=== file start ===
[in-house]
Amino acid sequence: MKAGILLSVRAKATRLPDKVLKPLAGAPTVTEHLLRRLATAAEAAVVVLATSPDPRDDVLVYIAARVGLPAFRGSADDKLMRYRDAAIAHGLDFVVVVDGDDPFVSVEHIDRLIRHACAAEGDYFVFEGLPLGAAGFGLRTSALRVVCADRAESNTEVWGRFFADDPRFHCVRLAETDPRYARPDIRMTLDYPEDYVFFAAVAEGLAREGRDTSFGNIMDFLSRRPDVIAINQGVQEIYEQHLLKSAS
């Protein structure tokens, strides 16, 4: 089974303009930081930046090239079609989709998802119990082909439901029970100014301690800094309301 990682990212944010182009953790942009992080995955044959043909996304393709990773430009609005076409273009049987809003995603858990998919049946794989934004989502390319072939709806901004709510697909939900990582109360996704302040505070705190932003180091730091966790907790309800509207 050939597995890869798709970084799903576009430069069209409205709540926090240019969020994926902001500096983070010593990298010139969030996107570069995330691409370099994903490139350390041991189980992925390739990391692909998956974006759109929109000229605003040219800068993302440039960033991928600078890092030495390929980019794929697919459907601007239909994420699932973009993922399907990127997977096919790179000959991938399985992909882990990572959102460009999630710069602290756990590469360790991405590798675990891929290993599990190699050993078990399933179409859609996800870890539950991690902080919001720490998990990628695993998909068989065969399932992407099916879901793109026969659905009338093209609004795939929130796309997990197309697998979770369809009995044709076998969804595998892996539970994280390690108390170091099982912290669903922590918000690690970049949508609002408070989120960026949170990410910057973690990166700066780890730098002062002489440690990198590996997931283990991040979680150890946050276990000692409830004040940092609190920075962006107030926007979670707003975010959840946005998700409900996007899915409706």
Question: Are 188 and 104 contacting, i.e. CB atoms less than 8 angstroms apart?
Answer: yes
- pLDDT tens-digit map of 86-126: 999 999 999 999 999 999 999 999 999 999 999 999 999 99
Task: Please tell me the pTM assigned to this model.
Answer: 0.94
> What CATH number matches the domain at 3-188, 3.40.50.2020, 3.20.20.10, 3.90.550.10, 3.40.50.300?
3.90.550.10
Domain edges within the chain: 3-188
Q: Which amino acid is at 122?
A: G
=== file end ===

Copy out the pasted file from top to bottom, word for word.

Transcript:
[in-house]
Amino acid sequence: MKAGILLSVRAKATRLPDKVLKPLAGAPTVTEHLLRRLATAAEAAVVVLATSPDPRDDVLVYIAARVGLPAFRGSADDKLMRYRDAAIAHGLDFVVVVDGDDPFVSVEHIDRLIRHACAAEGDYFVFEGLPLGAAGFGLRTSALRVVCADRAESNTEVWGRFFADDPRFHCVRLAETDPRYARPDIRMTLDYPEDYVFFAAVAEGLAREGRDTSFGNIMDFLSRRPDVIAINQGVQEIYEQHLLKSAS
């Protein structure tokens, strides 16, 4: 089974303009930081930046090239079609989709998802119990082909439901029970100014301690800094309301 990682990212944010182009953790942009992080995955044959043909996304393709990773430009609005076409273009049987809003995603858990998919049946794989934004989502390319072939709806901004709510697909939900990582109360996704302040505070705190932003180091730091966790907790309800509207 050939597995890869798709970084799903576009430069069209409205709540926090240019969020994926902001500096983070010593990298010139969030996107570069995330691409370099994903490139350390041991189980992925390739990391692909998956974006759109929109000229605003040219800068993302440039960033991928600078890092030495390929980019794929697919459907601007239909994420699932973009993922399907990127997977096919790179000959991938399985992909882990990572959102460009999630710069602290756990590469360790991405590798675990891929290993599990190699050993078990399933179409859609996800870890539950991690902080919001720490998990990628695993998909068989065969399932992407099916879901793109026969659905009338093209609004795939929130796309997990197309697998979770369809009995044709076998969804595998892996539970994280390690108390170091099982912290669903922590918000690690970049949508609002408070989120960026949170990410910057973690990166700066780890730098002062002489440690990198590996997931283990991040979680150890946050276990000692409830004040940092609190920075962006107030926007979670707003975010959840946005998700409900996007899915409706």
Question: Are 188 and 104 contacting, i.e. CB atoms less than 8 angstroms apart?
Answer: yes
- pLDDT tens-digit map of 86-126: 999 999 999 999 999 999 999 999 999 999 999 999 999 99
Task: Please tell me the pTM assigned to this model.
Answer: 0.94
> What CATH number matches the domain at 3-188, 3.40.50.2020, 3.20.20.10, 3.90.550.10, 3.40.50.300?
3.90.550.10
Domain edges within the chain: 3-188
Q: Which amino acid is at 122?
A: G